LGBT health gets 0.5 percent of NIH funding

Published: January 21, 2014

 Only one-half of 1 percent of studies funded by the National Institutes of Health between 1989 and 2011 concerned the health of lesbian, gay, bisexual, and transgender (LGBT) people, contributing to the perpetuation of health inequities, according to a new analysis.

“The NIH is the world’s largest source of health research funding and has placed a low priority on LGBT health research,” says Robert W.S. Coulter, a doctoral student in the University of Pittsburgh Public Health’s department of behavioral and community health sciences.
“In general, LGBT people experience stigma associated with their sexual and gender minority status, disproportionate behavioral risks and psychosocial health problems, and higher chronic disease risk factors than their non-LGBT counterparts. Increased NIH funding for research on these topics, particularly focusing on evidence-based interventions to reduce health inequities, could help alleviate these negative health outcomes.”
About 3.5 percent of the US adult population is estimated to be gay, lesbian, or bisexual, according to recent research based on national- and state-level population surveys.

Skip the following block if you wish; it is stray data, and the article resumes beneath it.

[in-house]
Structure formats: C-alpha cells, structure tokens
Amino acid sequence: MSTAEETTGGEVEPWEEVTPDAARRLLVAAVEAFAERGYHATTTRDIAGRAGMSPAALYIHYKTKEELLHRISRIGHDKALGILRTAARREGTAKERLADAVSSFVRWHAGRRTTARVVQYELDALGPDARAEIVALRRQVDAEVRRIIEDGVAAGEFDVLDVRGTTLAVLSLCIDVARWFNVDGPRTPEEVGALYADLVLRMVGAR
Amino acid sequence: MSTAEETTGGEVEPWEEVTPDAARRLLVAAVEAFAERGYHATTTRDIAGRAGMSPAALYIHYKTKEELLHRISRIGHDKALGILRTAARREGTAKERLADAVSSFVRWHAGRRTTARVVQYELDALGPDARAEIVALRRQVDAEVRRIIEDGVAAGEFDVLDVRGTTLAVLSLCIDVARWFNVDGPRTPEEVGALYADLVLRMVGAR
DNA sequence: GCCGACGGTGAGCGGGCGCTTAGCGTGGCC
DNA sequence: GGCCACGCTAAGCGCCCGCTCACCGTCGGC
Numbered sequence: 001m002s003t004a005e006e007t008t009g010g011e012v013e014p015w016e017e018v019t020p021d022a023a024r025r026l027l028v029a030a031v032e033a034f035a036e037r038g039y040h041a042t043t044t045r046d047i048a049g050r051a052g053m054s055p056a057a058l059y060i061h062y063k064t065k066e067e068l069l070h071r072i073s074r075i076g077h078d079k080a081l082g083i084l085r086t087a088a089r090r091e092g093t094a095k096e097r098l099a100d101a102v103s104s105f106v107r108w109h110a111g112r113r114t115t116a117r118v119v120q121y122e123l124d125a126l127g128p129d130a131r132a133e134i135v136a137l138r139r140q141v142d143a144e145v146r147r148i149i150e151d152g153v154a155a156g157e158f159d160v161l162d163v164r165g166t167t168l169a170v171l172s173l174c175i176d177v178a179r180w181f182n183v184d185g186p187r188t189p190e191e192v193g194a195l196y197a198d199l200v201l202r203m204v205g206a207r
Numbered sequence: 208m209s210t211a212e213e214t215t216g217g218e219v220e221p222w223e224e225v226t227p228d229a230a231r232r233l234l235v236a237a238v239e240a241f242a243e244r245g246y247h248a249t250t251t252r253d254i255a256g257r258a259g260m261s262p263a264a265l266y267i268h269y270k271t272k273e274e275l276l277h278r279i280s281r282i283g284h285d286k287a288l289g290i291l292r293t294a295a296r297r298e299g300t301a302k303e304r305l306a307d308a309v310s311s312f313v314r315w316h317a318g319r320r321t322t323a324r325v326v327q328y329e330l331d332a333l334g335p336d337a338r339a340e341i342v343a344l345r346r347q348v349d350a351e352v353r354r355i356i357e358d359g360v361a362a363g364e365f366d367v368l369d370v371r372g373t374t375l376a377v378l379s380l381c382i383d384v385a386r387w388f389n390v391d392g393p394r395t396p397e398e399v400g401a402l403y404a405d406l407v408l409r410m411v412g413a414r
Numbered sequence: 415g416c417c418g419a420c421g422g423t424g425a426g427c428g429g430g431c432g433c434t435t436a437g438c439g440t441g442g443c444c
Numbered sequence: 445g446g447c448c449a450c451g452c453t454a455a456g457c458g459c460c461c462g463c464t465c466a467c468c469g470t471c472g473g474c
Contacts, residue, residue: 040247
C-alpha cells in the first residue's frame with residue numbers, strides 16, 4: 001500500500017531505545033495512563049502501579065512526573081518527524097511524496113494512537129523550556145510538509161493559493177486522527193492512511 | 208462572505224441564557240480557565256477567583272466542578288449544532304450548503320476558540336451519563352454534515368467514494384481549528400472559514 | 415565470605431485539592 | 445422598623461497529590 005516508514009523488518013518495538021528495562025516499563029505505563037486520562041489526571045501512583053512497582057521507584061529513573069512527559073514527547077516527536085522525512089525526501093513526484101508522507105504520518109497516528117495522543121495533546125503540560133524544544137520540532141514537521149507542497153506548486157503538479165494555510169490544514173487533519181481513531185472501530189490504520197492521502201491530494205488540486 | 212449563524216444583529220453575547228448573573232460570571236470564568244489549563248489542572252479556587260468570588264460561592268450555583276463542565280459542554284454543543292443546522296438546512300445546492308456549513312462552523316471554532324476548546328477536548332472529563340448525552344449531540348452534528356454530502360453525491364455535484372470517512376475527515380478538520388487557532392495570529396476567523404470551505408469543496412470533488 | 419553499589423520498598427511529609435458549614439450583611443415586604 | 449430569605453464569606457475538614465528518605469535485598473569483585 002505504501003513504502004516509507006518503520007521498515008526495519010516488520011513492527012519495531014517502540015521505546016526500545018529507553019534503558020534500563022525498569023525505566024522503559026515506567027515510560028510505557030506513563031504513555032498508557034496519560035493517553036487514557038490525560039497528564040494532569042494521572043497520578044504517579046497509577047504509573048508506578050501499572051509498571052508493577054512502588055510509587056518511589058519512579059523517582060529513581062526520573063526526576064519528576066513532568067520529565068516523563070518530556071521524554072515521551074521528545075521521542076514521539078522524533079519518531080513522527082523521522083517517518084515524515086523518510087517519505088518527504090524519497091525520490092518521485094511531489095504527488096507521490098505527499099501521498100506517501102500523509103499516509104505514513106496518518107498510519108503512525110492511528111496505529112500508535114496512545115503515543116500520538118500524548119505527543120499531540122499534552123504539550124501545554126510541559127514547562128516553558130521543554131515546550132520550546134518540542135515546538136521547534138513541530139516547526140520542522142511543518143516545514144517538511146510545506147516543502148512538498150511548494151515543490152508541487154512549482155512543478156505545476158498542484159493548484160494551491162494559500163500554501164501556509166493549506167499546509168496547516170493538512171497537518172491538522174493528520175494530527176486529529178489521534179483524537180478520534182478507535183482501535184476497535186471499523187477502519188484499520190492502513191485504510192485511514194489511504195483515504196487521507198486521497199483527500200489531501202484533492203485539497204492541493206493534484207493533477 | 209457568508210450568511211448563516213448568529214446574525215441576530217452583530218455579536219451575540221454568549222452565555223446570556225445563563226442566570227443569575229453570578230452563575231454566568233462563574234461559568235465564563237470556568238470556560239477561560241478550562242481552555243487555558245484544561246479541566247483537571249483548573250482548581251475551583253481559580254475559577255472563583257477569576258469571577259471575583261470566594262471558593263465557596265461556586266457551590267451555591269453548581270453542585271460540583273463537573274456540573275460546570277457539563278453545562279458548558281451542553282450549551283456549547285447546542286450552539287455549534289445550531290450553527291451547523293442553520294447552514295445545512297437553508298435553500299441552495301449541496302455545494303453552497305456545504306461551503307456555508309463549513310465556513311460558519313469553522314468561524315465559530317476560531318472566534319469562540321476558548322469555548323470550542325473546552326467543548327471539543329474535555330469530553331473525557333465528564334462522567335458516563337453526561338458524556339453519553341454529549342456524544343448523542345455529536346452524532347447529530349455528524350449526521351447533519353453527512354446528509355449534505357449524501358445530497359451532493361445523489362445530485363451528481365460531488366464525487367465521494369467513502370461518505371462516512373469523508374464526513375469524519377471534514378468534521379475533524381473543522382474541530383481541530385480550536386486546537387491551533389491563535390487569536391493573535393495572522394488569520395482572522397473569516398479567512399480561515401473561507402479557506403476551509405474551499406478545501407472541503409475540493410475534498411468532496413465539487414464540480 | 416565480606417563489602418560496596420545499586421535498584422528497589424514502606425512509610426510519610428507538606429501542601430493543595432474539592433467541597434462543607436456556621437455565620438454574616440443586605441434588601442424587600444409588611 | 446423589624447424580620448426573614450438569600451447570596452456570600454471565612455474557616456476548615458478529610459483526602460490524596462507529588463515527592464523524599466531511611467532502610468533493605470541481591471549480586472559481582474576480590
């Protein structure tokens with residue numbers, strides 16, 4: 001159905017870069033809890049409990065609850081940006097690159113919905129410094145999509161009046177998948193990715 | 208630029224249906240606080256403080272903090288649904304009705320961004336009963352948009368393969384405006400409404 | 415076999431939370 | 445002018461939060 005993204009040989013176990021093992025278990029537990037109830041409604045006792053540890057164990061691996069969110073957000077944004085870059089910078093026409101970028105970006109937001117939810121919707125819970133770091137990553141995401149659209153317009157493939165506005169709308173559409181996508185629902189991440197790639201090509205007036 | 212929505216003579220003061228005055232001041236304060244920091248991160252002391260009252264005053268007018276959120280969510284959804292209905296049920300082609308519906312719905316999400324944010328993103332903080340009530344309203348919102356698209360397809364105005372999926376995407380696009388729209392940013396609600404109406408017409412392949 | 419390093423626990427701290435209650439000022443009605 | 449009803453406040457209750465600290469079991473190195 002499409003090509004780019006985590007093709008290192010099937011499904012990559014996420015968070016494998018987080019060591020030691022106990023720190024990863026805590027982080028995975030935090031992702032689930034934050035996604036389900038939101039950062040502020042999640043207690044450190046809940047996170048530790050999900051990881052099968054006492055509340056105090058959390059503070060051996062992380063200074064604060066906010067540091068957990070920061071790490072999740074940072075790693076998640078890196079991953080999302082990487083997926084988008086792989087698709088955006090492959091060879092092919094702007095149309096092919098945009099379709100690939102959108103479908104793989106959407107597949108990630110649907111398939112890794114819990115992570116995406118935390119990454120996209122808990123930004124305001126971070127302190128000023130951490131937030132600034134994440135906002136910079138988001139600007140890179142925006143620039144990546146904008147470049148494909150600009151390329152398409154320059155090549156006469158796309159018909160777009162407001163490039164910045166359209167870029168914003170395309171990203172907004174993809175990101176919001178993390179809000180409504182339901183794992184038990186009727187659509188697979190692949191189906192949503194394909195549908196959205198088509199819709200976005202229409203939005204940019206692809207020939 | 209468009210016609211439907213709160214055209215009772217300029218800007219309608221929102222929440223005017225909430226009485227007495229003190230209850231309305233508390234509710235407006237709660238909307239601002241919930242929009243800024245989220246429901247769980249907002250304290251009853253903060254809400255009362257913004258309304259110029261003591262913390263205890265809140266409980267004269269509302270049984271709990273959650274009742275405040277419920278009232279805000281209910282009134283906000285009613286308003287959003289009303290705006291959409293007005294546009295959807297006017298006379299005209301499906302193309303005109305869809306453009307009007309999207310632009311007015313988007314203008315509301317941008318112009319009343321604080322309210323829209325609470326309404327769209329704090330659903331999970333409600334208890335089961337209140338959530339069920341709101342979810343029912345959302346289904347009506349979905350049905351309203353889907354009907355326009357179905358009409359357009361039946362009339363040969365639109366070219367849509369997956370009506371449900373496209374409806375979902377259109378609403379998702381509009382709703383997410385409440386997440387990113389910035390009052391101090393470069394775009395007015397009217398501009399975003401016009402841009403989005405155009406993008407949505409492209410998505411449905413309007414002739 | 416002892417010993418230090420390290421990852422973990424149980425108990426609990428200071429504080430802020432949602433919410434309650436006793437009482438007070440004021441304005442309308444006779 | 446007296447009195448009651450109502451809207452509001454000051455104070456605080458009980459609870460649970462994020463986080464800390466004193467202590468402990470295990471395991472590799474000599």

Coulter and his colleagues found 628 NIH-funded studies concerning LGBT health between 1989 and 2011, accounting for 0.5 percent of all NIH-funded studies. The majority of those studies focused on HIV/AIDS and other sexual health matters. When those studies were excluded, there were only 113 LGBT-related studies remaining, or 0.1 percent of NIH-funded studies during this time period.
After analyzing those studies, the research team found further gaps within the 628 LGBT-related studies, with 86.1 percent concerning the health of sexual minority men, only 13.5 percent focused on sexual minority women, and 6.8 percent focused on transgender populations, with some of the projects studying more than one subgroup.
The authors also found that there were 202 projects on the development, implementation, or evaluation of interventions. When intervention studies concerning HIV and other sexual health matters were removed, the number of projects dropped to 21.
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